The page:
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We wished to keep our "Restrictions" page short, so we moved many of the license restrictions out here. Here is the fine print inside the Microsoft licenses.
It is unclear who can use, receive or buy your software.
The license is particularly unclear as to who may or may not use your version of Windows or Office. Several sentences in the Microsoft Office license suggest it would be illegal to let your neighbour type a letter with your version of Word on your computer.
It is however clear in the Microsoft Windows license that you may only give or sell your copy of Windows software to anyone if you are the first buyer. This means, that if you buy it from the user who initially purchased it from Microsoft, then you are not able to sell or give the software away to yet another user, even if you do not use it anymore, even if you buy the latest software version with your new computer.
You may not lease, lend or provide commercial hosting services with the software
You cannot let professional users use your software, whether they pay for the service or not, and whether you use a "Professional" license or not.
The upgrade is only valid for the first license you use it on
If that original license expires (for example because the computer it came on stops working), so does the upgrade. If you purchase an upgrade, you are not allowed to use the original software version anymore.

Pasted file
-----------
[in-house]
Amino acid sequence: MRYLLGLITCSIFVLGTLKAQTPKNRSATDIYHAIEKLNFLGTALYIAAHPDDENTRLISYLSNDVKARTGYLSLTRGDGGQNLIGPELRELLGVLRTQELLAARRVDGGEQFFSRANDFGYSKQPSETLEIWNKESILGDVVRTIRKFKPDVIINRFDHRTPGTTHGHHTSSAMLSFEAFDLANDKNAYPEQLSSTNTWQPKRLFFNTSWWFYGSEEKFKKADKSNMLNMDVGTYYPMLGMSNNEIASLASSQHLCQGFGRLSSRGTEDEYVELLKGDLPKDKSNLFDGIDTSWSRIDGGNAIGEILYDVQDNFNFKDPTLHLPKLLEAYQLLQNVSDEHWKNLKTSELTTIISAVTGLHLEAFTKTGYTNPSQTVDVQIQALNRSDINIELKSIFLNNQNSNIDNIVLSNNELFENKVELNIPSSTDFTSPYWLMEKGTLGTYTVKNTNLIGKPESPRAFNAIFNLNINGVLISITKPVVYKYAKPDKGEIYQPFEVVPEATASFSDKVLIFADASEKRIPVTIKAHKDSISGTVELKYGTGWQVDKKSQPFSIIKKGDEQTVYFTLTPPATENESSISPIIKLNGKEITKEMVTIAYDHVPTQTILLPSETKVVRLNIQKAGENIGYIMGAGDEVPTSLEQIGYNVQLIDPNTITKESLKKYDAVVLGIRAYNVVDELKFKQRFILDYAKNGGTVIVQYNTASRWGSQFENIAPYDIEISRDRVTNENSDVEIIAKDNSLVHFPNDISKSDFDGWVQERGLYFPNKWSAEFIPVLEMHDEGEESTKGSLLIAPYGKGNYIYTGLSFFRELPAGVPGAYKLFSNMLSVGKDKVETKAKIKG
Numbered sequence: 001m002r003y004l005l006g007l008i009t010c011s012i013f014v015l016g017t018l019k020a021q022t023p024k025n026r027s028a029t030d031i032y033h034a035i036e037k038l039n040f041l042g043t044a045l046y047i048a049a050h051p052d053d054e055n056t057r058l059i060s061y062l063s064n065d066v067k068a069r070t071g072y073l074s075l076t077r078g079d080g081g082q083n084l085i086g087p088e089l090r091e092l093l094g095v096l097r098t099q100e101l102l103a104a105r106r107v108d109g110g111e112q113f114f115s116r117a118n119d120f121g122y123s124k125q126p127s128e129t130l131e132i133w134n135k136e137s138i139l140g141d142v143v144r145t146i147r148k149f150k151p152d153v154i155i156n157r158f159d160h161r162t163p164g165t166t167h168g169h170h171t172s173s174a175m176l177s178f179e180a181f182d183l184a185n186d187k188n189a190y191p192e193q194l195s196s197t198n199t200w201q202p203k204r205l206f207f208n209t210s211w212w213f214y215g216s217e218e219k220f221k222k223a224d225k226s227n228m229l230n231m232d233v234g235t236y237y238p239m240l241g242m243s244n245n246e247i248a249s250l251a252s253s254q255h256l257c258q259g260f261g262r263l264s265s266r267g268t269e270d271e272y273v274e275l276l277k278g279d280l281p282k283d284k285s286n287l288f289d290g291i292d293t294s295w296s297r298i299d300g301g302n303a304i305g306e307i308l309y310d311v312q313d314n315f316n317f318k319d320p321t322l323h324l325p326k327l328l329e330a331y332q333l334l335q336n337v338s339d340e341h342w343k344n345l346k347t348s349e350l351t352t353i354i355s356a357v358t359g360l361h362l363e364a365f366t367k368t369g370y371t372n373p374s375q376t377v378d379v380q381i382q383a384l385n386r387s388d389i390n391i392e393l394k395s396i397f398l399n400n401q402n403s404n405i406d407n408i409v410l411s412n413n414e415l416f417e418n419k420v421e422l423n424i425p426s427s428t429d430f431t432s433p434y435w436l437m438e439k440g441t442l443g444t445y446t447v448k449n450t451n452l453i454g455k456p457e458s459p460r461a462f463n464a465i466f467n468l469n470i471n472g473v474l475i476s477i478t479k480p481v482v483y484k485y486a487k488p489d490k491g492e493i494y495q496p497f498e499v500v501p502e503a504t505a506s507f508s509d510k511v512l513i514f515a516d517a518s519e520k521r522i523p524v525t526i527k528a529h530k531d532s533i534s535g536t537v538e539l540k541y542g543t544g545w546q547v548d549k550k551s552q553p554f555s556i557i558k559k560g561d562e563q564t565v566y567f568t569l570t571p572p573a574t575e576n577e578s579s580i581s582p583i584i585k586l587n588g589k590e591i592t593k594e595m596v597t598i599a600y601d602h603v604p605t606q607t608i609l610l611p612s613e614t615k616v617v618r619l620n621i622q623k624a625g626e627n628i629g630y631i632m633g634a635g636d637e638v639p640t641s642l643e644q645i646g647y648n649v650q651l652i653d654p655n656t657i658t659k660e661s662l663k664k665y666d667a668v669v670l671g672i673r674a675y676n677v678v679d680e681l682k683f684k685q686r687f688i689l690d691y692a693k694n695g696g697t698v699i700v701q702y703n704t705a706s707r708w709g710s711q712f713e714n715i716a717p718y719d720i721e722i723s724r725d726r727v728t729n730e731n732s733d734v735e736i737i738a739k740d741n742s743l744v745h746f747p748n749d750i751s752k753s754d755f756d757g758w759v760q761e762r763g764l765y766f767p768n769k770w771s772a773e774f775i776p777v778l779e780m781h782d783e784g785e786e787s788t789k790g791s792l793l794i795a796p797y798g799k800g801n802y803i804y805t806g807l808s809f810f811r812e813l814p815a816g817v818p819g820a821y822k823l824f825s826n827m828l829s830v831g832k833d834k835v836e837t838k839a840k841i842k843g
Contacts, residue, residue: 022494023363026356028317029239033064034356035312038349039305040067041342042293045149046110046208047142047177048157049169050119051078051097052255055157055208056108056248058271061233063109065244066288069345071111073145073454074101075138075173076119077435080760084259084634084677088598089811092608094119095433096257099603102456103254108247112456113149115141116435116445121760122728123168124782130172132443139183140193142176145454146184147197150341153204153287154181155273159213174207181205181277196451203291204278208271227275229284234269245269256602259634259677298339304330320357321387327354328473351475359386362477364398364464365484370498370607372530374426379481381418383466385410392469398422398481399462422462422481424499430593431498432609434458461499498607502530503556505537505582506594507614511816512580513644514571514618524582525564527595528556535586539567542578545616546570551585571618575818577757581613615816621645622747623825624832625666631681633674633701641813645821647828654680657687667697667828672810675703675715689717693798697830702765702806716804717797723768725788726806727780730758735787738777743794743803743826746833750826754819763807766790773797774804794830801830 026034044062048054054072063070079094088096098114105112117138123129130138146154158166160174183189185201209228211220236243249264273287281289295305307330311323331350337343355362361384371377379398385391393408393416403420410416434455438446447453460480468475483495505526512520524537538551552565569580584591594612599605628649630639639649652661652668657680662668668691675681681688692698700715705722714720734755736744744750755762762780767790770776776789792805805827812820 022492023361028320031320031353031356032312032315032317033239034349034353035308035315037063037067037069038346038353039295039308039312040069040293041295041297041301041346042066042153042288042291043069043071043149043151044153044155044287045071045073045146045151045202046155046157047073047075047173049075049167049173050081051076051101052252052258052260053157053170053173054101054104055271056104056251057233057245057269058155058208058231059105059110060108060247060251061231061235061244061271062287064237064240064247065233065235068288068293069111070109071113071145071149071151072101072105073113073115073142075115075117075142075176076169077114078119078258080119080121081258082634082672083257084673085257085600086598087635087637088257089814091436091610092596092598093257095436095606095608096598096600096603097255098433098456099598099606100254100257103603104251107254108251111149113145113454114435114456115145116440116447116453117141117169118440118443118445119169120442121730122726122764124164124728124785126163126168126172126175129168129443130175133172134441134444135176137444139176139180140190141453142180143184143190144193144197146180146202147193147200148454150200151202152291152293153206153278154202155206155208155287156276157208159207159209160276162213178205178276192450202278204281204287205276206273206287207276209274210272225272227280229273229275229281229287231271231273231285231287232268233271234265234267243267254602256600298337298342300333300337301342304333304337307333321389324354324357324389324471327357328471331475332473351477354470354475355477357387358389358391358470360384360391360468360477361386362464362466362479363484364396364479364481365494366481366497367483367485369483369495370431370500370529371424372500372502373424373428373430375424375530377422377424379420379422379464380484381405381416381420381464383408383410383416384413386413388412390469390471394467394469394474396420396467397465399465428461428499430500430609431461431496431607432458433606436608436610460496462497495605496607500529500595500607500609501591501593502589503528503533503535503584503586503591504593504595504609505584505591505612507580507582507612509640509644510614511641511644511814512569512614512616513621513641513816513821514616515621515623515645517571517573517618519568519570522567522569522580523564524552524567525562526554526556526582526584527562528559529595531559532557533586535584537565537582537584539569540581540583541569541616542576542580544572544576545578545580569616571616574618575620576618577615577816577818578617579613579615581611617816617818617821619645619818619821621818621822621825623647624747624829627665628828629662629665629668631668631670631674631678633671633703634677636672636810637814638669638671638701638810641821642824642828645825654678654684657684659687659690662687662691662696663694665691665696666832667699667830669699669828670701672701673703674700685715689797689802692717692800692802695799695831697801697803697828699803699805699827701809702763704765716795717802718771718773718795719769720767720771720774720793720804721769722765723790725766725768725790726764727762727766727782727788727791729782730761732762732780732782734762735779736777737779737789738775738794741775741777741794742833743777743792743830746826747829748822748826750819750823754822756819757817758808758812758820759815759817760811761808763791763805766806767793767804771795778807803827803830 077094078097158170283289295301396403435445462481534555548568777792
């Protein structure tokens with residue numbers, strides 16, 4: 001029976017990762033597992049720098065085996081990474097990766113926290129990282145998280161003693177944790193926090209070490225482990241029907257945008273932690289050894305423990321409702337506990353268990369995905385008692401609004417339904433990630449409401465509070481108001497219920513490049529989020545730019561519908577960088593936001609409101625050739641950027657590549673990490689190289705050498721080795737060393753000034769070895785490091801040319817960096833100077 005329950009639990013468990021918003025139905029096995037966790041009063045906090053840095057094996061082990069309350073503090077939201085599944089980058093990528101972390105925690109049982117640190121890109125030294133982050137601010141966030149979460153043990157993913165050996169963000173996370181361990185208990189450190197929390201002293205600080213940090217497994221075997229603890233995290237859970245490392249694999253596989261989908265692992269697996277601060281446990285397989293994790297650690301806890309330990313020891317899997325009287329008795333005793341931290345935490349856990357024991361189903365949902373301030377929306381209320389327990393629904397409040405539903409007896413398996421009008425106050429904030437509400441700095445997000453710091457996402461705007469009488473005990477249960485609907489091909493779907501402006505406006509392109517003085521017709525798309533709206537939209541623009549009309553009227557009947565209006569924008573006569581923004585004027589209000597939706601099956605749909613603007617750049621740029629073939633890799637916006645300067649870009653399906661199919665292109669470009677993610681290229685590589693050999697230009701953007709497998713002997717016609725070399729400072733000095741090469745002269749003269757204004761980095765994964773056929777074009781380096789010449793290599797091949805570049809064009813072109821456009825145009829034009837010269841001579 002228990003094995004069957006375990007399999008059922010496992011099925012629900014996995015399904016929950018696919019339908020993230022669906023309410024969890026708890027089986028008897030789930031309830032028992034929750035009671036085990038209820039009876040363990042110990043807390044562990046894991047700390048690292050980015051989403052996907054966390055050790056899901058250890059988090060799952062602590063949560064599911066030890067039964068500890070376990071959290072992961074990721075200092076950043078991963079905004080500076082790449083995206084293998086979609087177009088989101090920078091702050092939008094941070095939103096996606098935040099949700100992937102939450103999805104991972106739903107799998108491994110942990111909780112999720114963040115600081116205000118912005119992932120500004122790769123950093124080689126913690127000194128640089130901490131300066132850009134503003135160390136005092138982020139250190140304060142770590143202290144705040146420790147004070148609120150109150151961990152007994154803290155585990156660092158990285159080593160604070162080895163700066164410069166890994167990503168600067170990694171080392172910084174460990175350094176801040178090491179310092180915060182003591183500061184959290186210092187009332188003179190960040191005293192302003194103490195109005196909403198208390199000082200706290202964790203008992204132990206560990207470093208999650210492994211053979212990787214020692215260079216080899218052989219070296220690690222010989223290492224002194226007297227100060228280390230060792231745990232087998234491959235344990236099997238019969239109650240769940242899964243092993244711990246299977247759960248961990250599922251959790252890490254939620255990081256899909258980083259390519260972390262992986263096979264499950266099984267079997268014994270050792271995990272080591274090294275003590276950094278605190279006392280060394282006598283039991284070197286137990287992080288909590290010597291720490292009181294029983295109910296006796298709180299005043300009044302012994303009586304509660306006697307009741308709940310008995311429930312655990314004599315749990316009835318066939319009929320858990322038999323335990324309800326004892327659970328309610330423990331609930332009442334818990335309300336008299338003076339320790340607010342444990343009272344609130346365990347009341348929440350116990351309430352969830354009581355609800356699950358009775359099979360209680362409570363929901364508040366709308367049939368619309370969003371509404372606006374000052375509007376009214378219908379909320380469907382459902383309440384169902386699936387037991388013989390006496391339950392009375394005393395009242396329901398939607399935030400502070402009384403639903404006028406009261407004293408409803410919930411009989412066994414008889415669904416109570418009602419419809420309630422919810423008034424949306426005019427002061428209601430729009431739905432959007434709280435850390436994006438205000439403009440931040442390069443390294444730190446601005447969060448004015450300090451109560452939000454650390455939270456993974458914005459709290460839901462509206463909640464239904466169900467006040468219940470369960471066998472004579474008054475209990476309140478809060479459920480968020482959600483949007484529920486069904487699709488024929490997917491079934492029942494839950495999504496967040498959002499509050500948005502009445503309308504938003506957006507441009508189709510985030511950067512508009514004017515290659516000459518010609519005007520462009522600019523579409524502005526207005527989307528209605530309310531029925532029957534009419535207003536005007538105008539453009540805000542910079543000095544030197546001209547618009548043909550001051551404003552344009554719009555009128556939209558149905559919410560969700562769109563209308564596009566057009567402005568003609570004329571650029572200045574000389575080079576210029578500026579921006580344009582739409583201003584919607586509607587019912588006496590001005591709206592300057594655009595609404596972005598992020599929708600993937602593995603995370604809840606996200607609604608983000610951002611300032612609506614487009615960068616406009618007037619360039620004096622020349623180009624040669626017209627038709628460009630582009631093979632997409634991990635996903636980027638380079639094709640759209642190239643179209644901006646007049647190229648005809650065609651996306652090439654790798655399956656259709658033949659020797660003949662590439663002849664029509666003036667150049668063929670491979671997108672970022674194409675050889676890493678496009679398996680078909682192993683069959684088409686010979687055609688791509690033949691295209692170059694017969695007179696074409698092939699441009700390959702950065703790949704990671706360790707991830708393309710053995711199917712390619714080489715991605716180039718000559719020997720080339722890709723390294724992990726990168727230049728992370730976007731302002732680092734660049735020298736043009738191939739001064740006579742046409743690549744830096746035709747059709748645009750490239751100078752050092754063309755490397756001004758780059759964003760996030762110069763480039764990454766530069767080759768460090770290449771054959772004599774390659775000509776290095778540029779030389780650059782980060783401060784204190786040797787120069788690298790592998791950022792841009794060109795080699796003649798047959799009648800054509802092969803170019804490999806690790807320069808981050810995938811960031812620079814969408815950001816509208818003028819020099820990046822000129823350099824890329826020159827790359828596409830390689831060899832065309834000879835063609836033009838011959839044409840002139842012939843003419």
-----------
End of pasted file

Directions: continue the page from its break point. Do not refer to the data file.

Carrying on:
Educational versions are crippled
If Microsoft accepts to define you as a student or an academic, you are allowed to buy an academic license, and install the software on three computers. But it is illegal to use it for any commercial purpose "or in any way related to the operation of any business enterprise or revenue-generating activities".
The components of the software may not be separated
It is illegal to buy Microsoft Office, then install only Word on one computer, and only Excel on another. The Office suite is one single product.
Private information is collected
The licence explicitly states that "Microsoft and its affiliates" collect technical information gathered on your computer by the software. They "may use this information solely to improve products or to provide customized services or technologies".
In order to activate most Microsoft products, as part of the license agreement, your computer connects to the Microsoft servers and sends "technical" information. It can "solely" be used for pretty much anything.
The GNU General Public License, under which GNU/Linux and a vast amount of free software are published.
A thorough and clear comparison of the GPL and the Microsoft EULA license that governs the use of most Windows XP versions.
A short story by Richard Stallman that describes what influence restrictive licenses could have on our lives.